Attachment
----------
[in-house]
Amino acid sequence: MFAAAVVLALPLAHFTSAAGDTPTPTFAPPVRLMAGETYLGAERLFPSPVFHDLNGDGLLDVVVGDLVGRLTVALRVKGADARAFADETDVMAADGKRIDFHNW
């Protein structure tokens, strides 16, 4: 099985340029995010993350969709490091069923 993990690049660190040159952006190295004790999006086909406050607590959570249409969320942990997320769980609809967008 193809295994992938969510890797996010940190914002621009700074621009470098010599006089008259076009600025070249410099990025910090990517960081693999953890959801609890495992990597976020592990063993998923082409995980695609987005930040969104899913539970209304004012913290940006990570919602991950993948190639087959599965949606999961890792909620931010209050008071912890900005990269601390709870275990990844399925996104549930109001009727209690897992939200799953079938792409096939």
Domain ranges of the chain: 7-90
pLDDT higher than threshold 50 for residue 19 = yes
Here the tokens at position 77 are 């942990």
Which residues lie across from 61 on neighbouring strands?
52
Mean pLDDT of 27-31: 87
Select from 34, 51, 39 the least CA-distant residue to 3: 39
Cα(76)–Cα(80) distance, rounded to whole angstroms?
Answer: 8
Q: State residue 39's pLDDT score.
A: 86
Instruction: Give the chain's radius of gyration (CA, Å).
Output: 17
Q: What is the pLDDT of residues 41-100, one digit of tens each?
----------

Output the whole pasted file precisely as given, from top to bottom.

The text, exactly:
[in-house]
Amino acid sequence: MFAAAVVLALPLAHFTSAAGDTPTPTFAPPVRLMAGETYLGAERLFPSPVFHDLNGDGLLDVVVGDLVGRLTVALRVKGADARAFADETDVMAADGKRIDFHNW
């Protein structure tokens, strides 16, 4: 099985340029995010993350969709490091069923 993990690049660190040159952006190295004790999006086909406050607590959570249409969320942990997320769980609809967008 193809295994992938969510890797996010940190914002621009700074621009470098010599006089008259076009600025070249410099990025910090990517960081693999953890959801609890495992990597976020592990063993998923082409995980695609987005930040969104899913539970209304004012913290940006990570919602991950993948190639087959599965949606999961890792909620931010209050008071912890900005990269601390709870275990990844399925996104549930109001009727209690897992939200799953079938792409096939």
Domain ranges of the chain: 7-90
pLDDT higher than threshold 50 for residue 19 = yes
Here the tokens at position 77 are 């942990």
Which residues lie across from 61 on neighbouring strands?
52
Mean pLDDT of 27-31: 87
Select from 34, 51, 39 the least CA-distant residue to 3: 39
Cα(76)–Cα(80) distance, rounded to whole angstroms?
Answer: 8
Q: State residue 39's pLDDT score.
A: 86
Instruction: Give the chain's radius of gyration (CA, Å).
Output: 17
Q: What is the pLDDT of residues 41-100, one digit of tens each?